Thanks, Jeff. I'm writing the book now. It will be out in October. The only book about the raid is "Mogadishu, Heroism and Tragedy," by Kent DeLong and Steven Tuckey. It was done hastily, but I think they did a pretty good job. ISBN #:0-275-94925-7. There's a chapter about Somalia in Col. David Hackworth's "Hazardous Duty," and also in Daniel Bolger's "Savage Peace." MB

    Jim Terra San Jose CA
    Just ran across the first few chapters in the SF Chronicle. Amazing! Any thought about doing something similar re Bosina, and the promise that the troops would be home by December, 1997!?
    Mark Bowden
    Thanks, Jim. I'm still knee-deep in Somalia. I'm a slow journalist. I run generally four-to-five years behind. MB

    Jim Terra San Jose CA
    Anyway of knowing if Clinton has read all your writing, besides asking him of course;-)
    Mark Bowden
    The President has not weighed in yet. MB

    Ron Phoenix, AZ
    Mark, This fascinating story seems like a real-life movie. If you were to single out a single soldier, who was the most effective in combat, who would it be? and why? At the risk of sounding foolish was this something out of a Rambo/Shwarzenegger movie?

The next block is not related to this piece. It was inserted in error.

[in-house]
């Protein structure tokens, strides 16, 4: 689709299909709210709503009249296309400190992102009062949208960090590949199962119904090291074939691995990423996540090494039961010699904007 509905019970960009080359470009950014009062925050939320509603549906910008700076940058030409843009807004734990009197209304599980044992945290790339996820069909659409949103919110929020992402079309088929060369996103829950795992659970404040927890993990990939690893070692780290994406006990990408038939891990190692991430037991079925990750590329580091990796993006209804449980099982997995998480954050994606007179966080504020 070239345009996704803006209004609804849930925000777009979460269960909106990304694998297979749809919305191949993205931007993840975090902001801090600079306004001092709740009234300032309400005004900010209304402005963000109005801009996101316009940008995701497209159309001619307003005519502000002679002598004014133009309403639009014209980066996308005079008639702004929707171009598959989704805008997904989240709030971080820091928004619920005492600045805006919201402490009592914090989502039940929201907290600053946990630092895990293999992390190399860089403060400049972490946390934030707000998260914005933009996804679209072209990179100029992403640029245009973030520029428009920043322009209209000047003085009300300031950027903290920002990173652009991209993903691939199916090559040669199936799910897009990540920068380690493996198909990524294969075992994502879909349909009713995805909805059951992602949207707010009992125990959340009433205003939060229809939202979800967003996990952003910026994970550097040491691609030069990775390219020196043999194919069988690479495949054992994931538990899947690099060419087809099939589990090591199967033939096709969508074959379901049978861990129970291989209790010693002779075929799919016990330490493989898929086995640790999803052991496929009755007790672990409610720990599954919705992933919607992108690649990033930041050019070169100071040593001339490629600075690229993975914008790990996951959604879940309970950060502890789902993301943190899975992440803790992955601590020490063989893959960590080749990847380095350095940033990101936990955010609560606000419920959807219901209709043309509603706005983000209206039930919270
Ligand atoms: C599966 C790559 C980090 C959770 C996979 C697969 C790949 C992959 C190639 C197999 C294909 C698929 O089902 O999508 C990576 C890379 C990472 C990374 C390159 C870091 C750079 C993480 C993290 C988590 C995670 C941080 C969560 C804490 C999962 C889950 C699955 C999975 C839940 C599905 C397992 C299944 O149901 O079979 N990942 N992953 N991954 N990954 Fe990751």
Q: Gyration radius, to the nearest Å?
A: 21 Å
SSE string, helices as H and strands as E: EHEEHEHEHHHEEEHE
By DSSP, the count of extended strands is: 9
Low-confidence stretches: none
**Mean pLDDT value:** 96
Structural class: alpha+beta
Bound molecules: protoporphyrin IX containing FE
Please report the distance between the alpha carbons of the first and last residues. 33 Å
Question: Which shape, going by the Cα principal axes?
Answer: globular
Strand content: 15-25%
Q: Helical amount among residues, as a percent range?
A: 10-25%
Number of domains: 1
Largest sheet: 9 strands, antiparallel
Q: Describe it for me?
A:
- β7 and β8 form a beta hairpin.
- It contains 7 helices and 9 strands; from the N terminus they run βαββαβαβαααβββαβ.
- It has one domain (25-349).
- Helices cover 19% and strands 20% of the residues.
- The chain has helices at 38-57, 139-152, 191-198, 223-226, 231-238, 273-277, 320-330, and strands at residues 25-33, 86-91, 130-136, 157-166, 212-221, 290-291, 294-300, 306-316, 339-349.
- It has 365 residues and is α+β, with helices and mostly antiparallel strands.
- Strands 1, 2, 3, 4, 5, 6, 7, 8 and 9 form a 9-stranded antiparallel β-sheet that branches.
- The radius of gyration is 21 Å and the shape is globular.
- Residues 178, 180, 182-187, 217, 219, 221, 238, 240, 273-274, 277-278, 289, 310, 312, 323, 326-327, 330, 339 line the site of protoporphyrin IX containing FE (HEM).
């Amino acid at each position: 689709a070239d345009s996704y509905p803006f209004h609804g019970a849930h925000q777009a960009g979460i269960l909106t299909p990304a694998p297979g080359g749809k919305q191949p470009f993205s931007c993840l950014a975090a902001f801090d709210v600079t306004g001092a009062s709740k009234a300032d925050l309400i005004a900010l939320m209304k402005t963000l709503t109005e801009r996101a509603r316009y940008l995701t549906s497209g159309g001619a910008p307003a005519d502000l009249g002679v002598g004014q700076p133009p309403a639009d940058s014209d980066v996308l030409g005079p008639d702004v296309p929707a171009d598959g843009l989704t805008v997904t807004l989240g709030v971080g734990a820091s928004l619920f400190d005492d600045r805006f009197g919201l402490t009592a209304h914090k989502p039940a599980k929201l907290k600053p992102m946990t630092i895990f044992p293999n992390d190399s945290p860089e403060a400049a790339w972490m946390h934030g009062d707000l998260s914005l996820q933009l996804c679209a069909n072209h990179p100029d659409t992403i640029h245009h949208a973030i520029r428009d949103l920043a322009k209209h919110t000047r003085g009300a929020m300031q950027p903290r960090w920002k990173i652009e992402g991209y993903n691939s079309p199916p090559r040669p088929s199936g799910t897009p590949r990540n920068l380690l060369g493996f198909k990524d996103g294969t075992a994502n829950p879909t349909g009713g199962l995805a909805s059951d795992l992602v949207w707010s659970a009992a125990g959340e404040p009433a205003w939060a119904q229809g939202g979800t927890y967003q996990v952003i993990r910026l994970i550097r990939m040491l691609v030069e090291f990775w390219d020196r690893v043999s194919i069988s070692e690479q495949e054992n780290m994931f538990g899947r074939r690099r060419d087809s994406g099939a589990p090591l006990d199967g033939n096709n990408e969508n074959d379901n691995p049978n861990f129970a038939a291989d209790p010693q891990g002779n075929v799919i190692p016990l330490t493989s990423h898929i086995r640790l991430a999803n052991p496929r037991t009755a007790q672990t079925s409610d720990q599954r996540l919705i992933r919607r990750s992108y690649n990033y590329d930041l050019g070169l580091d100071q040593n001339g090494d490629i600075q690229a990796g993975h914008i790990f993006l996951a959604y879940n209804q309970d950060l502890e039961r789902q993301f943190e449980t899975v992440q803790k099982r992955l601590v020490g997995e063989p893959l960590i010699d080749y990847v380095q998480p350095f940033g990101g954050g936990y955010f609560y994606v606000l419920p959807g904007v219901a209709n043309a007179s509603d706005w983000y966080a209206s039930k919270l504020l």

Mark Bowden
    Thank you, Ron, and no. I think we should all work hard at maintaining a line in our minds between reality and comic books. MB

    Becky Stafford, VA
    Your series was by far the best account of what happened in Somalia that I have read. I will tell my husband to call. Look forward to getting your book fof his birthday next Fall.
    Mark Bowden
    Thanks, Becky. I'm on the road right now, but hoping to meeting with Jim next week. MB

    Chris NCCB-you talked to me 1/5/97
    To answer a question which a reader had put to you, our President has indeed read your writing. Although, I am not sure how much of it he's covered. I'm still working on the number for McKnight and should have it in 2 to 3 days. Ever Forward! -chris
    Mark Bowden
    Thanks, Chris. And if you speak to President Clinton any time soon, ask him to please accept my request for an interview. I haven't been able to get through. MB

    Becky Stafford, VA
    CWO Goffena received a Silver Star?
    Mark Bowden
    I don't have my reference material with me right now to double-check, but will do so. MB

    Bill McLean
    Great series! Will any of this be on TV in the DC area? Have you published anything since Ch. 29?